Recent sequencing efforts have led to estimates of human cytomegalovirus (HCMV) genome-wide intrahost diversity that rival those of persistent RNA viruses [Renzette N, Bhattacharjee B, Jensen JD, Gibson L, Kowalik TF (2011) PLoS Pathog 7:e1001344]. Here, we deep sequence HCMV genomes recovered from single and longitudinally collected blood samples from immunocompromised children to show that the observations of high within-host HCMV nucleotide diversity are explained by the frequent occurrence of mixed infections caused by genetically distant strains. To confirm this finding, we reconstructed within-host viral haplotypes from short-read sequence data. We verify that within-host HCMV nucleotide diversity in unmixed infections is no greater than that of other DNA viruses analyzed by the same sequencing and bioinformatic methods and considerably less than that of human immunodeficiency and hepatitis C viruses. By resolving individual viral haplotypes within patients, we reconstruct the timing, likely origins, and natural history of superinfecting strains. We uncover evidence for within-host recombination between genetically distinct HCMV strains, observing the loss of the parental virus containing the nonrecombinant fragment. The data suggest selection for strains containing the recombinant fragment, generating testable hypotheses about HCMV evolution and pathogenesis. These results highlight that high HCMV diversity present in some samples is caused by coinfection with multiple distinct strains and provide reassurance that within the host diversity for single-strain HCMV infections is no greater than for other herpesviruses.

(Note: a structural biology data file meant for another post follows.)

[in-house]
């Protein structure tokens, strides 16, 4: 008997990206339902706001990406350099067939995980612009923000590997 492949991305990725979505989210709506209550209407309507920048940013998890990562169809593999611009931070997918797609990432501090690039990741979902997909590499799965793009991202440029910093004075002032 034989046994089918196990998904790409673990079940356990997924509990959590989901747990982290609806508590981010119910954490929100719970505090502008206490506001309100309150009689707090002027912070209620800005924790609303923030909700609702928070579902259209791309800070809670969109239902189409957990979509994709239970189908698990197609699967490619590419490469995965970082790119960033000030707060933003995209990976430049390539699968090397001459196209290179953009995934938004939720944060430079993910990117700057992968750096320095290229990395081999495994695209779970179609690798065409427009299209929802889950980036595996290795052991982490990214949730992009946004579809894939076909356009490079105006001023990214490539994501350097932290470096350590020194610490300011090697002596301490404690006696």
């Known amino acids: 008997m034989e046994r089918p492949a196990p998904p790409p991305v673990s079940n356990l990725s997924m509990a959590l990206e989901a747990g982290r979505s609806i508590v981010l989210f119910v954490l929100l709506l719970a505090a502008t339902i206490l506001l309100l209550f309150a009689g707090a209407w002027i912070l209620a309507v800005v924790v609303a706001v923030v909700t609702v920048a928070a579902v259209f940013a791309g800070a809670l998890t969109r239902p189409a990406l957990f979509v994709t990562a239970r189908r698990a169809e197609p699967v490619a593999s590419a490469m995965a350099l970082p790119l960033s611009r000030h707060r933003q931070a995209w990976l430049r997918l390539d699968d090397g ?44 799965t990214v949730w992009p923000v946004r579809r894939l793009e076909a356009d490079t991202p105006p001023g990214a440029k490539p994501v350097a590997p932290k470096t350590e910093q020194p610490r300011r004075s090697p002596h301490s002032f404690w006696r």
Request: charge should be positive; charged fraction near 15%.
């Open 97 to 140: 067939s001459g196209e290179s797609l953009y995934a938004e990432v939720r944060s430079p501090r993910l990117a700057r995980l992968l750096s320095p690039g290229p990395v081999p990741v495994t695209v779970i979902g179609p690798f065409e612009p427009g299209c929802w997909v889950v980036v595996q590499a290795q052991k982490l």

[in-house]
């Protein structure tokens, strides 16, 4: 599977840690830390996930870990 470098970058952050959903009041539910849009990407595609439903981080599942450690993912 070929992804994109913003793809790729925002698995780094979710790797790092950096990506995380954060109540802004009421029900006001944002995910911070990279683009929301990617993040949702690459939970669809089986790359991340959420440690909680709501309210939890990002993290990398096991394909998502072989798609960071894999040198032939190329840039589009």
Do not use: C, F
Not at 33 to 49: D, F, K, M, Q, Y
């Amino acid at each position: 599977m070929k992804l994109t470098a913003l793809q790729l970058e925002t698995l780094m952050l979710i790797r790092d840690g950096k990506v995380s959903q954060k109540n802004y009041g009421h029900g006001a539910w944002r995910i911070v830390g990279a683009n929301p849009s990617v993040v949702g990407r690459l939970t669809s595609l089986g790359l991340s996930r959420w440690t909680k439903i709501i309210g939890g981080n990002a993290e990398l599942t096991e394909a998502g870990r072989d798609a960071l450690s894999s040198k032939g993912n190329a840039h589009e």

HCMV, a geographically ubiquitous human-restricted herpesvirus, infects 45–100% of the adult population, depending on age and geographical region (1). Although generally asymptomatic, HCMV is a significant cause of morbidity and mortality in infants and patients with primary or acquired immunodeficiency with the potential to cause devastating and life-threatening symptoms including congenital defects, blindness, and organ transplant failure (1).